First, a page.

"The one that jumps out right away was the scene at the taco truck where I want to share something with her. Like I said, one of the love languages of Asian culture is food. So, for me, taking her to a taco truck that I adore and love is a way for me to show her love. I thought that scene was expressive of that. Then the scene transitions into the awkwardness of her wanting to know what my love life is like. There's that awkward back and forth but nothing's really said. It's just like, 'Okay. Yeah. We know. We know we don't want to talk about that.' So I thought that scene encapsulated a lot."
Elliot is a complex character who deals with several issues throughout the film. What about him did you most identify with?
"I think the thing that I most identified with him personally is just his escapes. I grew up in a household similar to Elliot in the sense that we didn't sit at the dinner table and say, 'How was your day? Tell me how you're feeling. What happened today and how did you feel about it?' We didn't do that. Everything was very logical. It was just sharing facts rather than feelings."
"I think when you're not able to express [yourself] in that way, you develop a lot of escapes, and addictions. [But] you're never comfortable in that situation either, so you develop ways to avoid talking about your feelings. I identified with that, with Elliot, because he has his sexcapades, and you can sense that he wants more, but he's not the best at being direct about going to get that."
What was the most difficult aspect of making Eat With Me?
"I think the hardest part for me was just getting to the right emotional levels for each scene. I mean, just regular actor stuff like trying to stay in the moment, trying to have it be a real, organic experience instead of this overly rehearsed or calculated thing. I think my brain naturally goes to a place of wanting to plan things out, and with acting you can't do that. You have to have an idea of what you're going to do, but then once the camera rolls, you’ve got to throw all that out and just be there interacting with Sharon or whoever's in the scene with me. I think for me that was the toughest part –– just trying to let go and just be; just be in the moment, and be a real person in this situation."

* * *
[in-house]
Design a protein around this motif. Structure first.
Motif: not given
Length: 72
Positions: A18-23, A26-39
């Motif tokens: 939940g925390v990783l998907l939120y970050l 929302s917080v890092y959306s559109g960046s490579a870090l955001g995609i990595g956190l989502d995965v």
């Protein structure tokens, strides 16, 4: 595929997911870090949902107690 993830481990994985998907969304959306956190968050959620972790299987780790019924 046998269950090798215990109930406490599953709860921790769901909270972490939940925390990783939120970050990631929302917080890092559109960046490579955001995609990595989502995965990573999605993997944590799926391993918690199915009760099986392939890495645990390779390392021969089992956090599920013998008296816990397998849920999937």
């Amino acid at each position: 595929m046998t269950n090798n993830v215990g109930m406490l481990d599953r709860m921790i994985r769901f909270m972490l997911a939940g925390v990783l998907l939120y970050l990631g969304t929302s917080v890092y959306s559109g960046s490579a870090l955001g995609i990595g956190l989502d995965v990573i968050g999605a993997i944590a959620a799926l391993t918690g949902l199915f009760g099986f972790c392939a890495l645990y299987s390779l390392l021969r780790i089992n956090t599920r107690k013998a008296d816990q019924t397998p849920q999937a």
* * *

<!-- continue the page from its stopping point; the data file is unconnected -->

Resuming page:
What has been your biggest career challenge so far?
"It's tough to find the next gig. I do a lot of writing, and I've spent the last couple years making two short films. Actually, I stepped away from acting for a while. I wasn't auditioning at all because I wanted to make these films. For me, it's about telling stories. That's why I got into this. I wanted to explore other parts of that from the filmmaking angle."
"The biggest struggle for me was, 'Where do I put my energies? Should I go all out in the acting thing? Should I just become like the ultimate actor or should I try to find some kind of balance where I get to play with all these things?' I think I'm more going in that direction because I think they all feed each other. The writing feeds the directing, [which] feeds the acting. When you understand all the components of [filmmaking], you can better execute your role in it. The challenge has just been finding the balance and making a living at the same time."
What else can you share about your short film endeavors?
"So those projects are super low-budget. I just took money from my own pocket and they were never intended to be distributed. It was practice, I guess you would say. I had these ideas in my head and I was like, 'You know what? I want to just put these down on video. Let's just shoot it. I know how to edit myself so I can cut it together.' And then I completed them and I watched them. I shared them with some close friends. And I think I got everything I needed out of it. I got fantastic feedback. It's not always good feedback, [but] that's the whole point, right? You’ve got to understand how your work can improve."
Moving forward, what are your goals in learning about and contributing to the industry?
"My goal, now that I made these two shorts, ultra low-budget, [is] to do one 'the right way.' Get some funding behind it, get the production value up, and take what I learned from these two smaller films and put it into a short work. Because ideally, I mean, just this conversation we're having right now is really thrilling to me. To be able to do this on a regular basis, to talk about something that I made and explore it with somebody else, that to me is the best. I would love to make another short that has that kind of impact."
Be on the look out for more to come from Teddy, and be sure to check out Eat With Me, available now on iTunes and Netflix, and The Boxer, available above!